Cancer is a very broad term, naming a group of more than 100 diseases. In their lifetime, 39% of men and women will be diagnosed with some type, making it extremely likely that you know someone who is battling the disease.
Cancer is the uncontrollable division of abnormal cells in the body which produce tumors. These tumors can either be malignant, causing harm; or benign, not damaging.
Eye cancer, also known as eye neoplasms, defines a variety of diseases that can affect any part of the eye. These diseases can start from within the eye, or can spread to the eye from another form of cancer. These cancers include:
- Bone marrow
The Most Common Eye Cancers
Eye cancer won’t just affect the eyeball, as there are some diseases that will affect your eyelids and potentially spread. Basal cell carcinoma is a malignant eyelid tumor; it spreads around the eye, but fortunately not any further than that.
Other types of eyelid cancers include:
- Squamous carcinoma
- Sebaceous carcinoma
- Malignant melanoma
The most common cancer affecting your eyeball is orbital lymphoma. This disease is usually diagnosed through very specific analysis during a biopsy. If the disease is found, patients will usually be offered chemotherapy or radiation treatments.
Uveal melanoma is the most damaging tumor that occurs in the eye. It occurs in the choroid, iris, and ciliary parts of the eye, which is why it’s sometimes known as iris or ciliary body melanoma.
A rarer, but extremely dangerous disease is primary intraocular lymphoma (PIOL). This cancer is easily misdiagnosed as a non-infectious or infectious uveitis, white dot syndromes, or sometimes as other neoplasms such as metastatic cancers.
These are all malignant diseases. One that’s considered benign is orbital dermoid cysts. They’re choristomas, which are collections of normal cells in an unusual location, usually appearing at the junction of the frontozygomatic suture of the eye. It places pressure on your eye muscles, causing double vision, as well as loss of vision.
Retinoblastoma is the most common malignant tumor in children, affecting 325 kids in North America per year. If detected and treated early, there is a 95% of a successful recovery. The symptoms can include:
- Crossed eyes
- A red or painful appearance
- Decreasing or complete loss of vision
- A white-yellow glow in the pupil
If you’ve taken photographs of your children, take a closer look at them. Healthy eyes will have the red eye reflex, but if there’s a white-yellow dot in one or both eyes instead, it could mean that there’s a tumor or some other type of eye disease.
Medulloepithelioma, also called diktyoma, is the second most occurring eye cancer in children. This disease affects the ciliary body and the uvea of the eye.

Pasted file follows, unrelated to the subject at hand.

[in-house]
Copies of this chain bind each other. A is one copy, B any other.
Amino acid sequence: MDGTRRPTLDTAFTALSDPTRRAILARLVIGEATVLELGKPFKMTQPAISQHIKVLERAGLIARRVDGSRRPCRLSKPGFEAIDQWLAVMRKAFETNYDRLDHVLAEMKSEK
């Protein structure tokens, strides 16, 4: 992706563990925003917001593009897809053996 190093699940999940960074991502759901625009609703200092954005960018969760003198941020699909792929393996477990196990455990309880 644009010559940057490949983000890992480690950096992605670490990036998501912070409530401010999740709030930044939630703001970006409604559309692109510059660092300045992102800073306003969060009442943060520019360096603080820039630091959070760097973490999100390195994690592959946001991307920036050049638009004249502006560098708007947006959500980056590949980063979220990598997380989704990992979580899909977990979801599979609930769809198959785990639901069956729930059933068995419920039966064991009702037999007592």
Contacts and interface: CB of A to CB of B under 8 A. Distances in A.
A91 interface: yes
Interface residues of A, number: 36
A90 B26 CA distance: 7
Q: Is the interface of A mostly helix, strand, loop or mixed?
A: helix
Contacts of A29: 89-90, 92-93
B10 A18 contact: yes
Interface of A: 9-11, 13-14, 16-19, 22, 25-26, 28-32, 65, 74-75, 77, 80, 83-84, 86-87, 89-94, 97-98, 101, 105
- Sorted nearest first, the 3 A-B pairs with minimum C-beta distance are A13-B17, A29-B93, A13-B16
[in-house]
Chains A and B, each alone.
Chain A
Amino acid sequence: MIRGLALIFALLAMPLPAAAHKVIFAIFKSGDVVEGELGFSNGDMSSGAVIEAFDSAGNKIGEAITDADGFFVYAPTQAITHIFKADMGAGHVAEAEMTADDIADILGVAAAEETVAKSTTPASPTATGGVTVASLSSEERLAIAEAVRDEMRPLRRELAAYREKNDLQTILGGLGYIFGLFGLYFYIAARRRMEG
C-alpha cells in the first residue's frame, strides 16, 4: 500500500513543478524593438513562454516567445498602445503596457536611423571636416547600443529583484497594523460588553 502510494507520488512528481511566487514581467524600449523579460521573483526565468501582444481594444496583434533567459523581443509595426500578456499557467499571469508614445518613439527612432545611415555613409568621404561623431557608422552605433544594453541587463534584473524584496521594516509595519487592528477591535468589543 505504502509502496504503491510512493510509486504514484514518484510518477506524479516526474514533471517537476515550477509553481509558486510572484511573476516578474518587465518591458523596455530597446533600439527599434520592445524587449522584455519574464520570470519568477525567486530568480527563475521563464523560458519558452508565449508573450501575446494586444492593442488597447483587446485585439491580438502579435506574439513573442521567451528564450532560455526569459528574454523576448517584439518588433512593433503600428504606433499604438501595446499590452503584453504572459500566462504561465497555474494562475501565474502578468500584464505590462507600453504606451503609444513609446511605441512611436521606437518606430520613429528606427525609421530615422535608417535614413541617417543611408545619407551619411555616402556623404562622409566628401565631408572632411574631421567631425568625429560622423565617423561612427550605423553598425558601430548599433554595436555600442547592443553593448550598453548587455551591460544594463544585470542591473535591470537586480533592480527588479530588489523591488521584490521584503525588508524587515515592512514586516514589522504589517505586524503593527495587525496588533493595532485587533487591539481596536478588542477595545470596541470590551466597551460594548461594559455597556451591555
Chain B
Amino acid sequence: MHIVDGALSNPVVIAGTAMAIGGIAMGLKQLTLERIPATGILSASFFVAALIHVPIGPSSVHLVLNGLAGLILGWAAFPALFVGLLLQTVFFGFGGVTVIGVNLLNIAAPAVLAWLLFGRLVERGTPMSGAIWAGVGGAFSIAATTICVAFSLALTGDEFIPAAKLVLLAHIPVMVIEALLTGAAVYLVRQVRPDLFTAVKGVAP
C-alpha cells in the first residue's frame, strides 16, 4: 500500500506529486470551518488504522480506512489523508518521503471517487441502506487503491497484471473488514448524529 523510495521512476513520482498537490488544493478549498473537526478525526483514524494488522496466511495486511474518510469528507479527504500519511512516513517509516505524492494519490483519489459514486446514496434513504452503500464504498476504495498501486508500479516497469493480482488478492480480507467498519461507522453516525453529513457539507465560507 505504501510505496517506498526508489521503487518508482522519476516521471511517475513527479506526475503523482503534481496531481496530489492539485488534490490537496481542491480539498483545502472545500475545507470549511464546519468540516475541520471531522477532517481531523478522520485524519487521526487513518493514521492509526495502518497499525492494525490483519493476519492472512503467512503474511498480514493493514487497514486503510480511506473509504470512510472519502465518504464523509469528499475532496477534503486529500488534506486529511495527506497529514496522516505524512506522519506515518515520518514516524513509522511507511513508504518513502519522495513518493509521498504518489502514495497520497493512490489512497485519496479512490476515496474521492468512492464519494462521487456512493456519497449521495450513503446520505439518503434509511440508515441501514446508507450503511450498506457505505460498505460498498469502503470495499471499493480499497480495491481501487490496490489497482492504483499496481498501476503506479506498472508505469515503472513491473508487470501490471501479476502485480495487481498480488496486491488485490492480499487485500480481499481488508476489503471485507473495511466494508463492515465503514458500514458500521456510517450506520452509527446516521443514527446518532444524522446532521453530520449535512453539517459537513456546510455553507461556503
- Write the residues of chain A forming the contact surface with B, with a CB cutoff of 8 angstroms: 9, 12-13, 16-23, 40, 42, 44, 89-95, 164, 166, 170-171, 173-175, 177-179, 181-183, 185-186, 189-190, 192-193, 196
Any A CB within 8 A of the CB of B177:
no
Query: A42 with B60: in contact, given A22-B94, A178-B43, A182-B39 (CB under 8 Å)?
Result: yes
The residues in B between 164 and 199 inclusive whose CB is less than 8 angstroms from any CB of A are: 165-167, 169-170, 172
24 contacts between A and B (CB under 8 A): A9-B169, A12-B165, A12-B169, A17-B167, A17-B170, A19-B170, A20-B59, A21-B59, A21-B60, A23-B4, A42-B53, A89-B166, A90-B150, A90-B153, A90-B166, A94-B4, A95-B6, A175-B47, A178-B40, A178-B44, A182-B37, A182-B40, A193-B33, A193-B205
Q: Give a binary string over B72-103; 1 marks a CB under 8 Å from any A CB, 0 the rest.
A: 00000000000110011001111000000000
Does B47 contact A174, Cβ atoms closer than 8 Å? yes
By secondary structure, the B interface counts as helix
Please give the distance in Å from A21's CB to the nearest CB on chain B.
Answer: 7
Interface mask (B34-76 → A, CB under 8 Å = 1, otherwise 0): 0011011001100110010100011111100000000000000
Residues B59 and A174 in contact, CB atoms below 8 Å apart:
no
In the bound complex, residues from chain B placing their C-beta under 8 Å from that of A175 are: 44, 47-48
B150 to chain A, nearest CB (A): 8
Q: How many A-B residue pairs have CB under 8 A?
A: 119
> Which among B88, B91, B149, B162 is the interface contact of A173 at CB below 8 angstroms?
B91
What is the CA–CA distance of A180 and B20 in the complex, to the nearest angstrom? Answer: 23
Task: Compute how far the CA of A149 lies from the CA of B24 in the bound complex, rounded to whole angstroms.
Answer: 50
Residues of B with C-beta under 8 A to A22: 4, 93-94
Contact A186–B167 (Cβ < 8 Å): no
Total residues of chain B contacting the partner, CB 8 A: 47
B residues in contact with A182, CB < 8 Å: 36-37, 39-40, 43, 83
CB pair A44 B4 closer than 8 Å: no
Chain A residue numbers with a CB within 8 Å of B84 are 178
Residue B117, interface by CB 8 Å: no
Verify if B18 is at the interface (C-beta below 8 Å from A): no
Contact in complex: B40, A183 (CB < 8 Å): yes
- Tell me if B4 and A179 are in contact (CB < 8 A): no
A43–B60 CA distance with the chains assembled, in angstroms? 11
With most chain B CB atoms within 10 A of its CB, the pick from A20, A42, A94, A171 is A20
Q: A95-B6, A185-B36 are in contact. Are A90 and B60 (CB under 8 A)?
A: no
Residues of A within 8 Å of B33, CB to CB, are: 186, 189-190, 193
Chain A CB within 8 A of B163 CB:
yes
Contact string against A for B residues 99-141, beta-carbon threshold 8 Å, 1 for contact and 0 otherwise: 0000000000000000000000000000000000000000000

What to Look Out For
Uveal, choroidal, and ciliary body melanoma will normally have no initial symptoms, although sometimes the tumor is visible through the pupil. As the tumor grows, symptoms can include:
- Blurred vision
- Decreased vision
- Double vision
- Eventual vision loss
As the tumor increases in size, it can break past the retina causing retinal detachment. This is extremely dangerous as the retina is the cord that sends the images from your eye to the brain. Detachment could cause permanent vision loss if not promptly treated.
Irises and conjunctival melanomas can be identified as dark spots in those areas. As well, a nevus is a benign freckle in the eye that could eventually become a melanoma. Any spot in your eyes that continues to grow should be checked by a doctor.
People may be well aware of chemotherapy, which is synonymous with cancer treatment, however the eye is a much more delicate organ and there are many more ways to treat it.
Laser therapy is a very precise treatment, using rays of light to focus in on one specific area without damaging the healthy tissue around it. Plaque therapy is a widely used treatment for choroidal melanoma that delivers a highly concentrated radiation dose to the tumor, described as “rice sized” radioactive seeds, with relatively less radiation to the surrounding area.
Similar to plaque therapy is radiotherapy: this is where your ophthalmologist decides with the radiation oncologist what type of radiation would be best based on size and location of the tumor. Typically proton therapy is most likely to be chosen as it has superior accuracy, helping to spare healthy tissue and optic nerves.
Most treatments for eye cancer involve removing some part of the eye. To dispose of all parts of the eye, including the eyelids, is a process called exenteration. A prosthesis is made to cover the new cavities. In a less extreme example, evisceration removes all of the eye contents except for the whites, also known as the sclera.
Enucleation is a process where the eye is removed, leaving the muscles and the eyelid. An implant is inserted and the patient wears a confirmed shield. Then a prosthetic is made and fitted by an ocularist to look like their real eye.
Iridectomy is a surgical procedure that removes the affected part of the iris. To also dispose of the ciliary body muscle in that procedure would be an iridocyclectomy. You may choose to remove the choroid layer in a choroidectomy.
Lastly, there’s eyewall resection, which is an extremely difficult procedure to perform. It means cutting into the eye to remove the tumor.
You should always discuss eye health concerns with your local ophthalmologists to see what the cause is and the treatments that are available to you.